Fun and Gratitude
I want to start off by saying this is the fun part! I love writing posts like this because I get to share our rewards of success.
When I think back to how John and I got into debt and worked our way out, I remember the good and bad times. During that time of paying off our debt and even years after, when our focus was catching up, we made choices that weren’t exactly fun. We put money in our 401(k)s rather than buy nice dinners or new clothing. Looking back on it, I know it was all worth it.
Today we have a net worth approaching $500,000. This does not including the equity we have in our condo and fluctuates depending on the roller coaster of a stock market we’ve been riding. This always makes me smile and say, “I am so grateful we made the changes we did and that I have a partner who has the desire to have the best life we can have!”
Getting Our Wants
John and I keep a list of things we hope to achieve financially in addition to a fantastic retirement and amazing travel. Those two are our primary goals and are set in stone. We build our lives around them. In order to do this though, we have made choices to spend on one thing over another on a regular basis. We look at our purchases and ask ourselves if they align with our primary goals? This means that many of our “wants” get put off. For example, we both would like to redo our bathrooms at home. We have chosen instead to invest in our 401(k)s and spend a month in Australia and New Zealand, a trip that we will never forget.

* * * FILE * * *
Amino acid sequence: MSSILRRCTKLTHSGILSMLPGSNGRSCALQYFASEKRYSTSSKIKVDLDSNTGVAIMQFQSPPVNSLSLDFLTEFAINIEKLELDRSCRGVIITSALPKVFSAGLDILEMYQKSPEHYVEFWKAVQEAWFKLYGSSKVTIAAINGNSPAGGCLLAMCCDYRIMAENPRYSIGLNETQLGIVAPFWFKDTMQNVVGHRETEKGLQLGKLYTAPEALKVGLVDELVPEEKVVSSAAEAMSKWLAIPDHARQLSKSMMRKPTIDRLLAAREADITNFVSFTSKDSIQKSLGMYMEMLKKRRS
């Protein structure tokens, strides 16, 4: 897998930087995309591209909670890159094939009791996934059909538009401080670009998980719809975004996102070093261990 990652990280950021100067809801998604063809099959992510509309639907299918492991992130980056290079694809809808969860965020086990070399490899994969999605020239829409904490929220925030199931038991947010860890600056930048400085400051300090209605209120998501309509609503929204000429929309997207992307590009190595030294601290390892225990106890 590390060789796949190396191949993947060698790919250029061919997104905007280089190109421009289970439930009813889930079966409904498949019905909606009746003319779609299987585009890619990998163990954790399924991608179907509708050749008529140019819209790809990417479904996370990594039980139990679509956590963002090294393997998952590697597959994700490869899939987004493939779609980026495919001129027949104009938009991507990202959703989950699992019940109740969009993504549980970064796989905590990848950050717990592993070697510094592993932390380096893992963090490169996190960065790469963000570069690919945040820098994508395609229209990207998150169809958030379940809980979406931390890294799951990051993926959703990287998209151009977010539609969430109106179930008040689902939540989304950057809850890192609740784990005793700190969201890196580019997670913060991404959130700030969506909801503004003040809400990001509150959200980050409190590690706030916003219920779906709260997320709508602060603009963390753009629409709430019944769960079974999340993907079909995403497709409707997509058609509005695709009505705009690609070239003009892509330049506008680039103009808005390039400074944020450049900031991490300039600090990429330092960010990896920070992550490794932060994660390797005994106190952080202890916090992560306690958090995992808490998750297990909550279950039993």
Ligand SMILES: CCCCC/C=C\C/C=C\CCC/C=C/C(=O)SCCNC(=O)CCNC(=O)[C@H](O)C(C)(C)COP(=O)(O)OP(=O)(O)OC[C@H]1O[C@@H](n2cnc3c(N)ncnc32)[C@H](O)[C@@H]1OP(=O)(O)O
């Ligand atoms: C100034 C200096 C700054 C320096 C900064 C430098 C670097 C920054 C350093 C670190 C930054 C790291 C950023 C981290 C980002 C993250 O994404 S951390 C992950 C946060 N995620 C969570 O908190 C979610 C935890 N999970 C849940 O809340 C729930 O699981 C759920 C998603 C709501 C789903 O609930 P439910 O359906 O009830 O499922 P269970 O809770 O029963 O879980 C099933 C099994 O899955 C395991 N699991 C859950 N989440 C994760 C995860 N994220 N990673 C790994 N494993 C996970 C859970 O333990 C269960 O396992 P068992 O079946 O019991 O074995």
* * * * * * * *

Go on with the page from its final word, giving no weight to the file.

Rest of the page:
One of the not so apparent benefits to putting off wants is we know they will always be there. There will always be the reminder of the lifestyle, the car and vacation home that we want. If a want is strong enough it will keep bubbling up to the top of our list. Those Z Cavariccis we wanted back in 1993 are no longer a want. For that reason, they were a valueless want. Fleeting wants are often the worst wants for our budget.
I have a want that has been bubbling for a long time. Back in 2002, I had to get rid of the Audi A4 that my partner at the time (yes, I was being taken care of) was leasing for me. I was working full time and made the decision to go back to school full-time and work part-time. We couldn’t justify the cost of my Audi with the expense of our two year old son and my reduced income. We sold our my Audi and covered the cost to buy out the lease. It was a bad financial decision. Yes, at one time I leased a vehicle. That’s not a choice I will make again. I no longer buy into the Part-Time, Ownerless Society of leasing.
Well, the bubble has become a boil. Not a boil on the butt of humanity, Ouizer Boudreaux! This want is now becoming a need. Our 2002 VW Jetta has served us well, but it’s time for a newer car. Last week, we went to start it and it was dead. I’m pretty sure it’s a dead battery, but that is just one of the issues with a 14 year old car. It’s time for David to get his Audi. Kinda.
Making It Happen
Because we believe in buying with cash and not financing a depreciating asset, last year we opened a new savings account and started to set aside $350 a month. If we finance a $15,000 – 20,000 car for five years, we will spend an extra $1,000 to $2000 over that five year period. We could use that money for better things than paying a bank. Then, back in January, we made changes and I upped that amount to $700 a month. In 2016, we will have about $16,500 in savings for my Audi.
I am going chronicle this journey to a new (to me) Audi in a monthly post that talks about how we are making choices to cut back in some ways get to that $16,500. I invite you to come back each month to see our progress, help motivate us and motivate yourself.